There's every chance if I've bought an unusual book that it's Mark Thwaite's fault entirely.
I nip over to Ready Steady Book or The Book Depository and there it is, a tempting little morsel on a writer I think I've heard of subliminally here and there but never properly.
I explore and the buttons are pressed in a flash. I envisage someone dashing off to pack up my book that very minute because they seem to arrive very fast.
In recent weeks the name has been Marguerite Duras,
'one of the leading intellectuals and novelists of post-war France.Throughout her life and to her dying breath, this astonishing woman never ceased to embrace national and international fame.Undoubtedly, she owed her success to her obstinacy to be and remain herself, come what may and be her own person.'
I'll quickly gloss over my ignorance, I'm sure I'd heard of her really.
Wartime Notebooks contains exactly that, the four notebooks that Marguerite Duras has kept in a blue closet in her country home in France, her writing from 1943 to 1949 including first drafts and the true stories behind several of her most famous works.
How exactly I've missed a 'major European writer' hardly matters now that I have this volume and one of her novels The Lover. This won the Prix Goncourt and is a story of an unconventional love affair between a young girl and and the son of a wealthy Chinese family.This slight little book gets mixed reader reviews from 'perverted' to 'exquisite' and when that happens the only course of action is to read and find out for myself.
How I heard about Clarice Lispector I have no idea, but I was checking out authors for my travels and had her lined up for Brazil. The greatest writer of the twentieth century for French feminist writer and literary critic Helene Cixous (how that name takes me back, Helene Sicksue when we all struggled to understand her thinking) so I ordered The Hour of the Star published by Carcanet to make a start.
I didn't mean to go to Brazil just yet but then, in that blogendipitous way these things happen, I heard Clarice Lispector mentioned again this week over at The Complete Review and a link to this article.They've been meaning to read her too and this little book is more than intriguing so a minor diversion in progress.More self-reflexive authorial intrusion but of the highest quality as life is breathed into a character from nothing.
Finally I always listen to Terry Wogan as I drive to work and, one day back in early January, the interlude Pause for Thought was given by Father Brian D'arcy with a warm and heartfelt tribute to the Irish poet John O'Donohue who had died in his sleep at the age of 53. Father Brian also read out one of John's Gaelic blessings from his latest book Benedictus.
John O' Who?
I am always captivated by the idea of a poet who returns to Celtic spirituality, Kenneth Steven is another who has embraced this deeply quiet and gentle form in his anthologies Columba and Iona published by Saint Andrew Press, but I had never heard of John O'Donohue.Yet he had written a best-selling book Anam Cara and if Father Brian rates him then he's good, solid and sound.By all accounts an articulate philosopher with a razor-sharp intellect that he could use to convey his thoughts in a lyrical, accessible and informing way. I needed to discover more.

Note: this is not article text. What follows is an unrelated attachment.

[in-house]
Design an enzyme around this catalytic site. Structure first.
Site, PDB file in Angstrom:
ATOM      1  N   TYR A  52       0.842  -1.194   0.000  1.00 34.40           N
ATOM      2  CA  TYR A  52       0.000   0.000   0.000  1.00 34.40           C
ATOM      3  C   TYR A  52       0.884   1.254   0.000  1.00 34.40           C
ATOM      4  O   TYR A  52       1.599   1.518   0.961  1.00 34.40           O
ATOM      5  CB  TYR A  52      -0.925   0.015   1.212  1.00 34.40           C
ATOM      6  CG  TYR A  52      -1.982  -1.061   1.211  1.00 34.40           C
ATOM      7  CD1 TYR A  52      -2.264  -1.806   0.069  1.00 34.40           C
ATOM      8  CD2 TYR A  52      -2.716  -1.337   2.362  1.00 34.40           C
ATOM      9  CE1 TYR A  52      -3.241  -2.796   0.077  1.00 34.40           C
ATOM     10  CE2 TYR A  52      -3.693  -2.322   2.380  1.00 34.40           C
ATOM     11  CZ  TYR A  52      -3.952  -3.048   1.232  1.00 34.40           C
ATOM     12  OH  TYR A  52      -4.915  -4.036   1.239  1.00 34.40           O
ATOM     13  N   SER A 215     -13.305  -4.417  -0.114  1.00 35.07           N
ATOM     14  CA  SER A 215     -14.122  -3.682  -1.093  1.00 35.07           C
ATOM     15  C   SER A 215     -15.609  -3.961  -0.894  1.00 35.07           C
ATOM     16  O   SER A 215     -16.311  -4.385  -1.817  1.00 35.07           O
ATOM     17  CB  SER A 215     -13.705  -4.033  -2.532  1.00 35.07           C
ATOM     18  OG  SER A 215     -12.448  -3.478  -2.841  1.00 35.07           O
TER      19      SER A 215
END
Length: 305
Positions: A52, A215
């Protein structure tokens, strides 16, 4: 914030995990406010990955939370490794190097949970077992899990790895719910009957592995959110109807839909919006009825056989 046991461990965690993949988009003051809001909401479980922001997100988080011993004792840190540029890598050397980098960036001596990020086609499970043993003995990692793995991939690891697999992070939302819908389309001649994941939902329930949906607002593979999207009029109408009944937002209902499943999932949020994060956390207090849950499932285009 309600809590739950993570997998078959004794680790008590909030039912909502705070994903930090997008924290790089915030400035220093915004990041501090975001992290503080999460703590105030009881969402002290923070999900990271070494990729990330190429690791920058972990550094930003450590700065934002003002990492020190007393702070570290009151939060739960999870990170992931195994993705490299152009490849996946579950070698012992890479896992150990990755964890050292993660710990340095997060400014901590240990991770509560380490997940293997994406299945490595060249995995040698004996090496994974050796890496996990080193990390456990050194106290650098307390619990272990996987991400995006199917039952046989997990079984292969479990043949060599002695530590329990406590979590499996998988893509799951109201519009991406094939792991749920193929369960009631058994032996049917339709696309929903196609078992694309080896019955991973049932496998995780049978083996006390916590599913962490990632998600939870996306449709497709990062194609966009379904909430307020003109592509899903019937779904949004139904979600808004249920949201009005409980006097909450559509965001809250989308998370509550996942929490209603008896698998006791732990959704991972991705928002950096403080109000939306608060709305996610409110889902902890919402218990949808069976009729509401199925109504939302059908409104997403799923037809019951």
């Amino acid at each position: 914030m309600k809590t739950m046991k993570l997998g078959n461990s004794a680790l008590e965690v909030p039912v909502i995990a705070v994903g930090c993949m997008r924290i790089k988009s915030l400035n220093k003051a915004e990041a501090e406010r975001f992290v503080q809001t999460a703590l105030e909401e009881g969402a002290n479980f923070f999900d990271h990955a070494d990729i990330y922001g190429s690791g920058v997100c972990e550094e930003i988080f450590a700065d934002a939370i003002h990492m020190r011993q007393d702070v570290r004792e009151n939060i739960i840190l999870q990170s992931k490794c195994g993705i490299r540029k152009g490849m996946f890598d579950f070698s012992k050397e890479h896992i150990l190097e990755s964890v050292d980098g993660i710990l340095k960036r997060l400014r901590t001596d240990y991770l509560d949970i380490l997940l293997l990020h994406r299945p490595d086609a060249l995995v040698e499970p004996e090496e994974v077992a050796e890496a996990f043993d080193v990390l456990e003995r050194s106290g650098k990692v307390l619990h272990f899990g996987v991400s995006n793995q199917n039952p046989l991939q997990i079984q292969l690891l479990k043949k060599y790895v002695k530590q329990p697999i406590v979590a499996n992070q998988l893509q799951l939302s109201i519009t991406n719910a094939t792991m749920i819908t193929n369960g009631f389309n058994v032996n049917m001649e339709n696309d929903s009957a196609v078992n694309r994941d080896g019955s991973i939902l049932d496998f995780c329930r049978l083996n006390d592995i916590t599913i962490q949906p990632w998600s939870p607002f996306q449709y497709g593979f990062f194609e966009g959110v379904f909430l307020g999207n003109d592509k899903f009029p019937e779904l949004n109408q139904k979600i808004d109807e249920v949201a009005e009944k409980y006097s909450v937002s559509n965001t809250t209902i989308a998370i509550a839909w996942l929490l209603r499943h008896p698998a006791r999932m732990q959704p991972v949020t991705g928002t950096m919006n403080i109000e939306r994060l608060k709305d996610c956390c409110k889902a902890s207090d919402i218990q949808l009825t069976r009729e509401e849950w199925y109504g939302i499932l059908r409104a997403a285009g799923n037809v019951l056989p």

Somehow Celtic spirituality transcends boundaries and can appeal to even the most secular of thinkers like me. It seems to connect with the very basics of human existence and touching base occasionally is never time wasted according to John O'Donohue,
'...not a world of clear boundaries; persons and things were never placed in bleak isolation from each other. Everything was connected and there was a lovely sense of the fluent flow of presences in and out of each other...the homeland of the inspirational and the unexpected.'
On the other hand I'll switch off if it's too ethereal, mawkishly sentimental, wishy-washy or embarrassingly half-baked so was delighted to find John O'Donohue's book Eternal Echoes - Celtic Reflections for £3 in Totnes last week and again the chance to find out for myself what I may have missed.
I quite like this already,
' Each soul is a different shape.No one feels your life as you do; no one experiences things the way you do. Your life is a totally unique story and only you really know it from within. No one knows what your experience is like. The experience of each of us is opaque and inaccessible to outsiders.'
There's plenty more to qualify and enlarge on that statement but it's all robust and grounded enough to keep me interested and I have Anam Cara and Benedictus on the way. Then I feel a big Celtic phase coming on and with it that need I always have to link reading into crafts. Perhaps it's a good time to start thinking about making that little piece of Celtic applique patchwork with its eternal woven knots, interlocking curves and curlicues, no beginning and no end.
Sunday Salon reading news later.